When the citizens of Missouri voted to expand Medicaid coverage in August, they envisioned expanded access to insurance for 230,000 citizens who would not qualify under the existing income requirements.
The Missouri Medicaid program — MO HealthNet — offers coverage for medical, dental and vision care, as well as other services for children, low income individuals and families, the blind and the disabled.
For these individuals, the new coverage will provide an important safety net, which is crucial with the pandemic affecting access to safe medical care amid rising unemployment.
For elderly and disabled individuals at risk of needing nursing home care, this expansion includes valuable options for in-home care that can help them stay healthier while avoiding COVID-19 exposure.
With as many as 40% of U.S. COVID-19 deaths potentially linked to nursing home-acquired infections, avoiding nursing home admissions wherever possible is critical for health care providers working with disabled and elderly patients.
Avoiding long-term care has been a goal for health care professionals as evidence shows that the right in-home services can keep patients healthier and happier longer, and at a lower cost to insurers, both public and private.
But for many Missouri families, this care was not financially possible to provide, or desirable, without the Medicaid expansion and before the COVID-19 pandemic.
Amid the pandemic and accompanying recession, we have seen families regroup, and their decisions have clearly changed when it comes to helping their elderly and disabled family members avoid COVID-19 exposure.
With the recession driving higher unemployment, able-bodied family members are more available and willing to provide care at home. Funding for in-home care created by existing programs, and the additional eligibility for programs created by the Medicaid expansion will allow more Missouri families to build multi-generational living arrangements.
This also allows them to avoid nursing home care while providing safe, in-home jobs for friends and family members who need employment and want to help.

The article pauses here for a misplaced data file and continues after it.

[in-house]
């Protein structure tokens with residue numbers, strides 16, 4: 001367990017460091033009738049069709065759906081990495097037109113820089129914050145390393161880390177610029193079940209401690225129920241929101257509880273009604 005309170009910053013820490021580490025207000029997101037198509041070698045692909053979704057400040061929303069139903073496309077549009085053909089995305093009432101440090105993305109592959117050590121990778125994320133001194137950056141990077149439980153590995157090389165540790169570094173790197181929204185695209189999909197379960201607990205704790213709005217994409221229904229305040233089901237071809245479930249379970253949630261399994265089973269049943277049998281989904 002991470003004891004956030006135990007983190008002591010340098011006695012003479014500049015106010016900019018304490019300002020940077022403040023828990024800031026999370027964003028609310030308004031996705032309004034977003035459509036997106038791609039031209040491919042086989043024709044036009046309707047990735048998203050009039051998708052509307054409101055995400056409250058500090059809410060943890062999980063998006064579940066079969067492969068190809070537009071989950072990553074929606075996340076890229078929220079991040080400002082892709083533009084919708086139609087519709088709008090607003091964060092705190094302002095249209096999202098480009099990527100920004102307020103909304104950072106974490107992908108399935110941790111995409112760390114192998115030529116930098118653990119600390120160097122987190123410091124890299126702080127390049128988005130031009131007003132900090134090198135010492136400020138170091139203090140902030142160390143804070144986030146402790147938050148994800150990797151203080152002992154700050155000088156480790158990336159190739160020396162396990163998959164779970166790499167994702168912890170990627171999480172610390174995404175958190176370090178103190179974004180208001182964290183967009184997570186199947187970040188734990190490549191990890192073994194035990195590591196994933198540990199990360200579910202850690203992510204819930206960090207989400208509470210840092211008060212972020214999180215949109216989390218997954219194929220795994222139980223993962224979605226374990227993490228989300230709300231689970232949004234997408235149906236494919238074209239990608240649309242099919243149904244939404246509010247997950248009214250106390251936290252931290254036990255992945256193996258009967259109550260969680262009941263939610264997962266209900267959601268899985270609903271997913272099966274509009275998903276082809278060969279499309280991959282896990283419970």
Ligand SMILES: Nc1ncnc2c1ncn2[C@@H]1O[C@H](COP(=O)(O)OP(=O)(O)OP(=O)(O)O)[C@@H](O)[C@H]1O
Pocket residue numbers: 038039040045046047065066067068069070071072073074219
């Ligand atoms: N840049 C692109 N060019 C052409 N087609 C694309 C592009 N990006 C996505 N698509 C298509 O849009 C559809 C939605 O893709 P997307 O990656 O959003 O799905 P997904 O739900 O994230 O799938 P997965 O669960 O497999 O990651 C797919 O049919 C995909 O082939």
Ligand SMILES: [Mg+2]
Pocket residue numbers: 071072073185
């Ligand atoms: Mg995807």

However, these programs can be a challenge to navigate. Determining eligibility, working with physicians to ensure the right services and level of care, guaranteeing caregivers are paid and that reporting and ongoing compliance are maintained so they can continue to be paid, is complicated.
Most self-directed caregivers rely on an agency to support these activities, but finding the right agency and options in an industry rife with poor customer service and outright fraud can be a challenge.
These agencies have become even more important with COVID-19 in the mix, as they have the ability to help families with guidelines and support for ensuring the safety of in-home care recipients as well as compliance and payment for caregivers.
Since the onset of the COVID-19 pandemic in April, managed care agencies, including the company I work for — Emerest — have seen the client lists grow, as they support new recipients resulting from the pandemic initially, and the Missouri Medicaid expansion most recently.
COVID-19 has made care delivery more complicated across all care settings, and in-home care has not been left out of the challenge.
In-home care provides significant benefits to both caregivers and patients when it’s done well, but without the right support it can be stressful and create strains on families.
Today’s in-home caregivers need access to services that ensure compliance, provide fair and timely compensation, and more importantly, offer customer service that lets caregivers and patients direct their own care with the education and support needed in this confusing and challenging time.
At Emerest, our in-home caregivers ensure the best care for our state’s most vulnerable residents.
Nate Cohn is the Missouri administrator at Emerest, a home care and specialized health care services company.